Six new groups have claimed responsibility for various sectarian attacks carried out in 2012, according to Muhammad Amir Rana, director of PIPS. He said it was not clear if that indicated the emergence of new violent sectarian groups, or merely the tactical use of new names by the old groups.
"Rising sectarianism in Khyber Pakhtunkhwa and FATA is a direct result of the arrival of Punjabi Sunni militants in the area in the recent years"
Security analysts say sectarian violence will continue to be a long-term challenge because there is a strong nexus between sectarian groups, the Taliban, and Al Qaeda.
Because of that nexus, the narrative of the sectarian groups has changed to include regional and international politics. There are two major reasons for that transformation, Rana wrote in his recent article.
First, after the sectarian groups joined the bigger alliance of Al Qaeda, their targets changed, at least for the time being. For example, splinter groups from Kashmir-focused militant organizations cut off ties with their parent organizations calling them puppets of state agencies and developed a relationship with Al Qaeda.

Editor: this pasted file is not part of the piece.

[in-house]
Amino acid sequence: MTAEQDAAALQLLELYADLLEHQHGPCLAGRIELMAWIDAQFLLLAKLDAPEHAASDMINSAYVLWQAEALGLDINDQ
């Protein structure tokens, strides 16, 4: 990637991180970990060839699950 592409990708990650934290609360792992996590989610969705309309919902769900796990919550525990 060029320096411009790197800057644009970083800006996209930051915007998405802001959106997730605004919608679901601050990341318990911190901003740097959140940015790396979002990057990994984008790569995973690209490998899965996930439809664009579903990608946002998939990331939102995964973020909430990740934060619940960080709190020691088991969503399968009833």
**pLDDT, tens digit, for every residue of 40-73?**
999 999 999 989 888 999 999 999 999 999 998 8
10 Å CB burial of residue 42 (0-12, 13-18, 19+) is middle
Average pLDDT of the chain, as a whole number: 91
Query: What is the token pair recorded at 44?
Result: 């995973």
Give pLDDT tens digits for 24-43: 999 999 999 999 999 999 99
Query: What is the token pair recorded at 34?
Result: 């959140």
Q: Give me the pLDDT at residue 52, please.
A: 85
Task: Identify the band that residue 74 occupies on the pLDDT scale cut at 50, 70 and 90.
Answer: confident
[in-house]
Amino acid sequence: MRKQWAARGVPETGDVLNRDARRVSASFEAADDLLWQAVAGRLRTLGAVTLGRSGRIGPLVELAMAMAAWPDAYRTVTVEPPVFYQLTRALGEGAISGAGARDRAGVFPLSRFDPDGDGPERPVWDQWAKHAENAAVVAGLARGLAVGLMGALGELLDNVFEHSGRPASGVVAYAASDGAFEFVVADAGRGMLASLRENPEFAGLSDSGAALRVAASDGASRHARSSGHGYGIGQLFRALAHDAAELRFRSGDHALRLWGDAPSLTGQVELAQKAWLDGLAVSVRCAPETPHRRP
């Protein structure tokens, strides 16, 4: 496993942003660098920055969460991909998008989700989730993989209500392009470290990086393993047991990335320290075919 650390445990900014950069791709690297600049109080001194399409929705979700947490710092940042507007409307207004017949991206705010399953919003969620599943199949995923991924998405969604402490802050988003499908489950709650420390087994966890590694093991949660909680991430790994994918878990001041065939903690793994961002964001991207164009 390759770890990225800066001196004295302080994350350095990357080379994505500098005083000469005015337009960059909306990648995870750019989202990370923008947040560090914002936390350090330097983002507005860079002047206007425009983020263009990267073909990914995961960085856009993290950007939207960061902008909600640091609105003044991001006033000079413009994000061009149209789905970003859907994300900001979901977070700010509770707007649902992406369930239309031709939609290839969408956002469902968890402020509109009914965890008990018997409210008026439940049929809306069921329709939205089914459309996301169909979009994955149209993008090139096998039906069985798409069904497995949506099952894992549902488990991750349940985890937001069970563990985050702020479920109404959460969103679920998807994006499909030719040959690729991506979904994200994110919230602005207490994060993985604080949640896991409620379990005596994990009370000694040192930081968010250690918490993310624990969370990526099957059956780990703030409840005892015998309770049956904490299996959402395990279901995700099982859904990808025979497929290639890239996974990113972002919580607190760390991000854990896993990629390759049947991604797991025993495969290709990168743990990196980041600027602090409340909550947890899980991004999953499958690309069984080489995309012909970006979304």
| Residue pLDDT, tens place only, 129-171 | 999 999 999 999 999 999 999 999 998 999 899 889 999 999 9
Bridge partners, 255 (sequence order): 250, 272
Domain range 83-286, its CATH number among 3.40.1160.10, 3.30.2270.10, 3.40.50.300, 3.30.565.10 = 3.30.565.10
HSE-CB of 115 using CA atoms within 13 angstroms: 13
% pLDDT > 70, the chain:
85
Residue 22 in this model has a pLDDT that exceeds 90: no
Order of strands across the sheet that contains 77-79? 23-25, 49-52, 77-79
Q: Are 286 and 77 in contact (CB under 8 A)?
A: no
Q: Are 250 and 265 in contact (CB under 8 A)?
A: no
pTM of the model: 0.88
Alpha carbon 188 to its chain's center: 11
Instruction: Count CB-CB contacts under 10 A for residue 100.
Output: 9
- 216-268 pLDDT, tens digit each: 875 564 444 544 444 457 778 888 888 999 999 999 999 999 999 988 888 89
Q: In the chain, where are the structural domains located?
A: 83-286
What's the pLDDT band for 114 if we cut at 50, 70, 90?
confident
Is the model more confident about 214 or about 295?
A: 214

Second, sectarian groups detached themselves from the dominating religious discourse, whose main emphasis was on Islamisation and sectarian supremacy through political means and jihad against external forces (mainly other states) to safeguard Pakistan's ideological and geographical boundaries.
Shia tribal elders of Orakzai and Kurram believe that they are being attacked because they did not offer shelter to Al Qaeda, Afghan Taliban and local militants fleeing Tora Bora in December 2001
Rana thinks that Al Qaeda transformed the operational capacity of sectarian groups and also broadened their sectarian views. "Groups linked with Al Qaeda and Taliban believe that the opponent sects, whether they are in minority or majority, are hurdles in the way of establishing Islam according to their concepts," he said.